Lawmakers connect with producers at Farmers Union event

Farm Forum

BERESFORD – A group of South Dakota lawmakers connected with farmers and ranchers to gain a greater understanding of the agriculture industry during an event at Beresford sponsored by South Dakota Farmers Union.

What had originally been scheduled as a “Planting with Producers” event, where lawmakers would have had a chance to ride in a tractor with a producer, was changed because of the rain. Lawmakers gathered at Southeast Farmers Cooperative in Beresford to have lunch and meet with South Dakota’s Secretary of Agriculture Lucas Lentsch before heading to a tour of a nearby feedlot. Lawmakers toured the Christiansen Farms feedlot just southwest of Beresford.

“We never complain about rain, especially with the drought that much of South Dakota has been under for some time now,” said South Dakota Farmers Union Legislative Director Mike Traxinger. “But we changed our plans a little bit and were able to still have a great conversation about the agriculture industry and its impact on the state’s economy.”

Lentsch, who has been on the job for about a month, told the group that he and a lot of South Dakotans are grateful for the moisture.

“No matter where you’re at in the state, if you think this is a little gloomy weather, there have been a lot of prayers answered these last few days, all across the state,” he said.

A total of nine legislators attended the event. Rep. Jim Bolin, R-District 16, Rep. Paula Hawks, D-District 9, Rep. David Anderson, R-District 16, Rep. Karen Soli, D-District 15, Rep. Christine Erickson, R-District 11, Sen. Deb Soholt, R-District 14, Sen. Larry Lucas, D-District 26, Sen. Tom Jones, D-District 17, and Sen. Dan Lederman, R-District 16.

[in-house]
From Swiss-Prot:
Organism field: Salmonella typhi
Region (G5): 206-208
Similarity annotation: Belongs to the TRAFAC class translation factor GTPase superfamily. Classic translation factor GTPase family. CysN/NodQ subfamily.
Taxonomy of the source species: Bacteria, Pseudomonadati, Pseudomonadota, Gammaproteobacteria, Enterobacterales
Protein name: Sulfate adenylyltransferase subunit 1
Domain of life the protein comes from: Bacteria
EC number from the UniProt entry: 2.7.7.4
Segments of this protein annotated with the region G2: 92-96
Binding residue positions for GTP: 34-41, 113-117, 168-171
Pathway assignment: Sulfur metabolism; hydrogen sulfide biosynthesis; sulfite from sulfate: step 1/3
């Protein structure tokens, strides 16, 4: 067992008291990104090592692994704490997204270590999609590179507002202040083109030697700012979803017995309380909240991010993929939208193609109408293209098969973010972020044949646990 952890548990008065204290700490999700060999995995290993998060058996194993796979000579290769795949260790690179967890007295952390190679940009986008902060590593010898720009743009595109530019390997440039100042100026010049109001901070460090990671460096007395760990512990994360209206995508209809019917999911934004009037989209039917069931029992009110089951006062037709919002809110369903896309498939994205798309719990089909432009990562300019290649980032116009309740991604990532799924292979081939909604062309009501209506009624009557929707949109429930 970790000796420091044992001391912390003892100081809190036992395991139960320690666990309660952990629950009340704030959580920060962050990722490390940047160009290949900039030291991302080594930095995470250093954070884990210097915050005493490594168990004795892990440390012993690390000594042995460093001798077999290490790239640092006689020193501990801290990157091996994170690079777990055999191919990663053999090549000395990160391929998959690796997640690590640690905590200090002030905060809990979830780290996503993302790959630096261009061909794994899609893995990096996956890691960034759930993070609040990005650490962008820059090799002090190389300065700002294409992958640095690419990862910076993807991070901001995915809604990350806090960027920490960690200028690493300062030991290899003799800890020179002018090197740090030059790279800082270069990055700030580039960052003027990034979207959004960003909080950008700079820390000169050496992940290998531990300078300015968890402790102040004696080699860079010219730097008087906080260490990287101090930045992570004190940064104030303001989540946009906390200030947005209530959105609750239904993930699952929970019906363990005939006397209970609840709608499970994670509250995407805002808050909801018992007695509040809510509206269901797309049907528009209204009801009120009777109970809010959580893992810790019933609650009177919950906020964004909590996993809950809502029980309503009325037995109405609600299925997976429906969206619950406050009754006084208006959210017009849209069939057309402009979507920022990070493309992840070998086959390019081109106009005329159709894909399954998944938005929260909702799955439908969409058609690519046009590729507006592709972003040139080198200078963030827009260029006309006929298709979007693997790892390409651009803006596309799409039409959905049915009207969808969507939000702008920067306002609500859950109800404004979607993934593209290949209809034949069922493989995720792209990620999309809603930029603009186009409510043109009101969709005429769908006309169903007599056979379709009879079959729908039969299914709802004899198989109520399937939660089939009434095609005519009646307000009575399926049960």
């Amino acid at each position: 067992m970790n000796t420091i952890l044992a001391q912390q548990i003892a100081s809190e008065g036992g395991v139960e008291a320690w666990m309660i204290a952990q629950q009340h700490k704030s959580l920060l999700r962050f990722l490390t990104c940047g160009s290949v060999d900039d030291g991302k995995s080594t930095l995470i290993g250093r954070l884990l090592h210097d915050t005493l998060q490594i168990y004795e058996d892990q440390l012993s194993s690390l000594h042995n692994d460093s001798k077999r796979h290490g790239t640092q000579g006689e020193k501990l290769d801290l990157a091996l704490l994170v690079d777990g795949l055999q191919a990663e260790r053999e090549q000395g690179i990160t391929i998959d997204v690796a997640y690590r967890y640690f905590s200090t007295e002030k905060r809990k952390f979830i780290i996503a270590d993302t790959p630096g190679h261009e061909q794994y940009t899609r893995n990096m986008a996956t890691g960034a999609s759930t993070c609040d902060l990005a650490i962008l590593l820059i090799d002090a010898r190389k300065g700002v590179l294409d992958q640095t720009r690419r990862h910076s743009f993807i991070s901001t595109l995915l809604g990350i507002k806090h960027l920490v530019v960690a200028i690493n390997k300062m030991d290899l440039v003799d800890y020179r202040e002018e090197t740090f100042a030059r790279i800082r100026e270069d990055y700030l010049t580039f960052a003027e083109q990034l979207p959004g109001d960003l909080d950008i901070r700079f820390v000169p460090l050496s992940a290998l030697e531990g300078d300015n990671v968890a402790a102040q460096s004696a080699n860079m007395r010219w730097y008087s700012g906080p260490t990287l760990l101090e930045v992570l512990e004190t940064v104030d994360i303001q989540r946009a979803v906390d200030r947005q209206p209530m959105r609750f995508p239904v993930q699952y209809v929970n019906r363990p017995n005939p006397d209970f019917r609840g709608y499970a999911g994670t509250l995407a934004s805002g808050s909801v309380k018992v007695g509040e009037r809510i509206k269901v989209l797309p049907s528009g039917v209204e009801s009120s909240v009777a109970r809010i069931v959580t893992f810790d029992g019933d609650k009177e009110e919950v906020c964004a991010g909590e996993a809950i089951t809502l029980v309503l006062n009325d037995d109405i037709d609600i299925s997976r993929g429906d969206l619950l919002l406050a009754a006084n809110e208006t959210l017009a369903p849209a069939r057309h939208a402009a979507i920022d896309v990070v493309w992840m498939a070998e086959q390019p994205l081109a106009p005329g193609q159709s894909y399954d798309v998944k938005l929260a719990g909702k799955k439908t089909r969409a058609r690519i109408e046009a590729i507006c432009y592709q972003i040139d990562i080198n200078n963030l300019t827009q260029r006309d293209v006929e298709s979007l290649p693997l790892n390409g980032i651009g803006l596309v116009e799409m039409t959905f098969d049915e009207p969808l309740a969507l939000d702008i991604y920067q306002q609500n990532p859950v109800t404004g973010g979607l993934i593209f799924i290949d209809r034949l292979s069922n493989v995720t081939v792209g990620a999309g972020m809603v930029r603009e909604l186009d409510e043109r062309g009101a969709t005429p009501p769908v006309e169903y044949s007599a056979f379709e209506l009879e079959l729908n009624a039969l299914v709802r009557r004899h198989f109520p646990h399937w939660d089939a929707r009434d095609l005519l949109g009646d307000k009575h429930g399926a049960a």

Lentsch encouraged legislators to ask questions and to be an active participant in moving the agricultural industry forward in South Dakota.

“With the Legislature, there are 105 people from across the state to come together, and they’re the people’s voice at the Capitol, and they help chart the course,” Lentsch said. “Without you (the legislators), we try and do some good things on the policy side for ag in the state, and we need your help to get it done.”

Lentsch explained the enormous changes in the way farmers are getting their work done now. It was an effort to educate lawmakers about what the state’s largest industry is doing now and could be doing into the future.

“We used to plant by the acre, now we plant by the inch,” Lentsch said of how farming has changed because of research and precision agriculture practices. “Everything is absolutely precise, they’re maximizing every inch of that field, and that’s what the future of agriculture can look like.”

Each year in the Legislature, dozens of bills are introduced dealing with the agriculture industry. Traxinger said an event like this is aimed at connecting producers who are living off the land every day with lawmakers who make the decisions that affect their operations.

“We had a great time of conversation and learning,” Traxinger said. “It’s important for lawmakers to come out and experience what it’s like on the farm and see the operation first hand. We were able to make that happen today and hope that the lawmakers came away with a better understanding of the industry.”